Know Your Rights at Sea
By Jeff Miller
January 22, 2013 11:45 PM
It is extremely important that you be aware of how few rights your customers have when sailing on a cruise ship. That is why you need to make certain you have offered travel insurance to your clients in order to provide some protection that might not be available from the cruise line. You also need to advise your clients, in writing if possible, to read the cruise brochure, including the multiple pages of fine print on back of the document, which constitutes a legal contract pursuant to a decision of the U.S. Supreme Court.
Based upon numerous court cases in the United States and overseas, the cruise industry has been able to enact legal barriers to prevent, in most instances, having to face lawsuits with potential major damage awards in multiple legal venues around the world. The rights and obligations of both the cruise line and its passengers are typically spelled out in the last pages of the cruise brochure. In most instances, however, the passenger has never read the brochure and in some instances may never have even received it.
Major cruise lines serving the U.S. market have contracts that contain language establishing more difficult legal barriers for passengers seeking to file lawsuits. Indeed, as previously noted, the U.S. Supreme Court has upheld a provision in a Carnival Corp. brochure that indicated that lawsuits could only be filed in federal or state courts of Dade County (Miami) Florida, where Carnival is based. As a result of that Supreme Court case, cruise lines have generally provided the forum selection clauses restricting litigation to venues in South Florida, Los Angeles or Seattle depending upon the cruise line involved.
There also are restrictions in the legal language with regard to how long passengers have to notify the cruise line of a potential lawsuit or injury. These restrictions also reduce the time in which to file a lawsuit generally below the statute of limitations in that particular state. Again, state and federal courts have generally upheld these provisions, even though they are totally one-sided in favor of the cruise line. The basis for upholding the decisions is that the brochure constitutes a contract. The cruise passengers have agreed to its provisions simply by booking the cruise, even though it reduces their legal rights under state law.
I am certainly not suggesting you offer any legal advice or in any way suggest to your clients that they not select a particular cruise line based on such provisions. Rather, you should emphasize they should read the cruise brochure in full and suggest to them that some of the items that have been restricted by the cruise lines could be covered by travel insurance. Once again, I strongly recommend that the client either accept the insurance or sign a consumer disclosure notice that he or she has waived the offer to buy insurance.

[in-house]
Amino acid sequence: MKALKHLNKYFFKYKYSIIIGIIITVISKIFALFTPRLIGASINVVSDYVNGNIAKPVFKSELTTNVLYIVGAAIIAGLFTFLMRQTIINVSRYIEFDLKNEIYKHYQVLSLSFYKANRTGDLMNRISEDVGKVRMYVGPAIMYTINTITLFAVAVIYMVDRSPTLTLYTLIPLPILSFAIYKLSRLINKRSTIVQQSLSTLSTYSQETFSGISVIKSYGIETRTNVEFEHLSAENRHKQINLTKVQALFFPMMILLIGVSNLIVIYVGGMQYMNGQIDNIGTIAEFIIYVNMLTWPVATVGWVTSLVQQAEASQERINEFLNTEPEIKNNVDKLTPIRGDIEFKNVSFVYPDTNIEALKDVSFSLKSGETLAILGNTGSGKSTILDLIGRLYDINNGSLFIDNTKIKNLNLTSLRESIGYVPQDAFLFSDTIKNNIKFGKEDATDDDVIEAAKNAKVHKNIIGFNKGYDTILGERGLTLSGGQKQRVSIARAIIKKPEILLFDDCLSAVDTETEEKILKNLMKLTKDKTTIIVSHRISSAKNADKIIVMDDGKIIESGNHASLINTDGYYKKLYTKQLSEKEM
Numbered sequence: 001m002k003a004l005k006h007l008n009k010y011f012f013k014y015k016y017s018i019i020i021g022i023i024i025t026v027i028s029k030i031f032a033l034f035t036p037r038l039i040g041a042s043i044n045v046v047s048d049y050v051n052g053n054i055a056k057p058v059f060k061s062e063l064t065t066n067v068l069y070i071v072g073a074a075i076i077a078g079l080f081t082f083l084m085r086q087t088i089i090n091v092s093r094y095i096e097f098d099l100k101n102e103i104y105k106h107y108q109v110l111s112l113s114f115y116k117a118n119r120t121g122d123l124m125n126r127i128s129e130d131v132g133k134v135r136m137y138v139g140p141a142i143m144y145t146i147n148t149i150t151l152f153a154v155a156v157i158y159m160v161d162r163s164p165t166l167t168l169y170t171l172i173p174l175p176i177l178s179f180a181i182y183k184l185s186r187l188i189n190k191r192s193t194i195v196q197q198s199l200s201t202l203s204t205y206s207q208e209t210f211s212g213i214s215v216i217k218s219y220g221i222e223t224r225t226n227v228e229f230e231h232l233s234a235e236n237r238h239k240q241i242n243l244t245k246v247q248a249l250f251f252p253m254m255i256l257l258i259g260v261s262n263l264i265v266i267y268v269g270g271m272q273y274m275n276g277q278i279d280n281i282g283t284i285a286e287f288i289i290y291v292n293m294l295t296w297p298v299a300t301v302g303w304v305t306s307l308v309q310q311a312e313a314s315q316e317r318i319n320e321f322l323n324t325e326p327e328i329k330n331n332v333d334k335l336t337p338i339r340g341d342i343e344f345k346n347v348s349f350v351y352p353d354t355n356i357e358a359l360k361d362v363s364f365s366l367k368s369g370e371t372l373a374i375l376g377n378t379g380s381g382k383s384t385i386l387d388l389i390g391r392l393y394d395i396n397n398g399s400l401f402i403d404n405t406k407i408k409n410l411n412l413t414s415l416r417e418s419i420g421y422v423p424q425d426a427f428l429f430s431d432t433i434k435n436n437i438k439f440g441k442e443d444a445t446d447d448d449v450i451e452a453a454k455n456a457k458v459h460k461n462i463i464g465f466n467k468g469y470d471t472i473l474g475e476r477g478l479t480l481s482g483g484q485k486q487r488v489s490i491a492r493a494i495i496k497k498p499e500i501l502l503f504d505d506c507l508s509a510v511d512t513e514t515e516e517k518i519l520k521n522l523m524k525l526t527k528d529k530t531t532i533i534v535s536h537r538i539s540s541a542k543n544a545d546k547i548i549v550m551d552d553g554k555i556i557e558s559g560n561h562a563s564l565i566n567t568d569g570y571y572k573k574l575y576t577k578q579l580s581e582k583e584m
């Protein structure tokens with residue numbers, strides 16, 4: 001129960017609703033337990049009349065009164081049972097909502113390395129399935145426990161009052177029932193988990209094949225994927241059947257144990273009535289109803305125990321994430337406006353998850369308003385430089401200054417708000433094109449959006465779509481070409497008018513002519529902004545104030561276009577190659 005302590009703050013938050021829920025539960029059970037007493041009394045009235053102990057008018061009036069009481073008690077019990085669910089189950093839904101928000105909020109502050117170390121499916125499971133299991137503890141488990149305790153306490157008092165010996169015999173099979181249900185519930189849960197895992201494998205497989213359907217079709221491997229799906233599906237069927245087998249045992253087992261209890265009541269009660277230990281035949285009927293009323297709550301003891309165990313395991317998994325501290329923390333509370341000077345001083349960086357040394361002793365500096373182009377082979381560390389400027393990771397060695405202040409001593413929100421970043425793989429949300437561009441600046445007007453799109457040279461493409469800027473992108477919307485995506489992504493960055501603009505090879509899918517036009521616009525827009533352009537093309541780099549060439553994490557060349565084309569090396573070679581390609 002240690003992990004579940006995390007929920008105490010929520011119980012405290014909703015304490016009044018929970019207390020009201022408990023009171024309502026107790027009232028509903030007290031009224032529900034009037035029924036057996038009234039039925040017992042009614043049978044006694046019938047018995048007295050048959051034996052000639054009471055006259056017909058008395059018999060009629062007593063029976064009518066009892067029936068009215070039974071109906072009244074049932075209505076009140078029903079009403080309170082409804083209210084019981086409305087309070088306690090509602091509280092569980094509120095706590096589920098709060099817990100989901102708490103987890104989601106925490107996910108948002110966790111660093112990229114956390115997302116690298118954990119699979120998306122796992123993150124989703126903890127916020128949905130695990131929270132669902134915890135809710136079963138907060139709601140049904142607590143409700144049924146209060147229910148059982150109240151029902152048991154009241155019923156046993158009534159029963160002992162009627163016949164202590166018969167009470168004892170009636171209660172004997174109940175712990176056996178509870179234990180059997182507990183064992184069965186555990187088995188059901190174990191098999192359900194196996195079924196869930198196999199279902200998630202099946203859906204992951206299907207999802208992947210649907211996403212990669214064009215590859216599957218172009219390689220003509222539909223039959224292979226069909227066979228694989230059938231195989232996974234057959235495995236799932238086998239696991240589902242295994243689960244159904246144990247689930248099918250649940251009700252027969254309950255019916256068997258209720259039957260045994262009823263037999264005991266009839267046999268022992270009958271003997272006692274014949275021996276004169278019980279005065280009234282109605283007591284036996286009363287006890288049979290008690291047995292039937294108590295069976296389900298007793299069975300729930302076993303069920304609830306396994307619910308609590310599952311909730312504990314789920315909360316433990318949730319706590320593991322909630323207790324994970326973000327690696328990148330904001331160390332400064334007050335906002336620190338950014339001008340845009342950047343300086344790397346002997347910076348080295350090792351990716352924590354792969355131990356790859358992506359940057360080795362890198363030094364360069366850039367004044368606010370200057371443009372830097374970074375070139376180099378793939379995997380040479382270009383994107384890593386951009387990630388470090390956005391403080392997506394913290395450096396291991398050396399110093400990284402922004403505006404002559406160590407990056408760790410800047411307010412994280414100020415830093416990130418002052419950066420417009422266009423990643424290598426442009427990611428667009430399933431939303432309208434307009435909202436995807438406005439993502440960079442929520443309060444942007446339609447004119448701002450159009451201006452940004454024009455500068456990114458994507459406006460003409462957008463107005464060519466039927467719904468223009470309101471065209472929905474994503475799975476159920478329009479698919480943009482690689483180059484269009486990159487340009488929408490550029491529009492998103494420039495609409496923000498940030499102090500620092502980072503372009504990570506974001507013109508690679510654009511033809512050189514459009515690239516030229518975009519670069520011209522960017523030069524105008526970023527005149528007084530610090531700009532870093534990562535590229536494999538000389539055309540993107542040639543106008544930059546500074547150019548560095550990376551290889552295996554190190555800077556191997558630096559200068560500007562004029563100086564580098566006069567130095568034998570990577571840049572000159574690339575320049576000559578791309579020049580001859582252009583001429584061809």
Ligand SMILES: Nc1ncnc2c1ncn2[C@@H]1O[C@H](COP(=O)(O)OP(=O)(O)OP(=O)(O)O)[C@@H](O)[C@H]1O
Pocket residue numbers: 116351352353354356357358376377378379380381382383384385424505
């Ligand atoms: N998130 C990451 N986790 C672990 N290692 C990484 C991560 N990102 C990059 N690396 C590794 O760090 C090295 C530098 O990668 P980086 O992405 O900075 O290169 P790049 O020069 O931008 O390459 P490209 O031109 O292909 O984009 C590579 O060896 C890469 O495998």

There have been some instances where passengers on cruise shore excursions have died or have been seriously injured, but today most cruise lines try to resolve those issues without litigation. Many times cruise lines have argued they have no liability in these situations because the shore excursions were provided by independent contractors that have no connection to the line. In any event, cruise lines typically now accept liability for shore excursions booked through the ship that result in injuries to passengers.
Many legal observers have noted that cruise vacations may be some of the best travel values in the market place. Unfortunately cruise ship duties and liabilities do not fall within current consumer protection statutes but rather are governed by decade’s old legal theories. There are numerous court decisions that have found existing federal statutes were enacted to promote the shipbuilding industry and thus should be construed in the ship owner’s favor, not the consumers. The multitude of issues that could arise during a cruise, including accidents on the ship, heart attacks, disappearances, drowning, assaults and more are generally covered in the cruise brochure legal language and again, this restricts passengers’ rights.
Of course, this does not mean you should not book a cruise for your clients, but you also need to protect yourself from possible litigation if your client doesn’t understand the protection that the cruise lines have enacted for themselves through the legal language in the cruise contract. As a travel agent, you clearly derive a significant portion of your revenue from the sale of cruises and that is why it is essential that you protect yourself and your clients.
Jeff Miller is a Columbia, Md.-based attorney specializing in travel law. He is a regular columnist for Agent@Home magazine and this column is adapted from one appearing in the January 2013 issue. Visit his website at www.jmillerlaw.comor email him at email@example.com.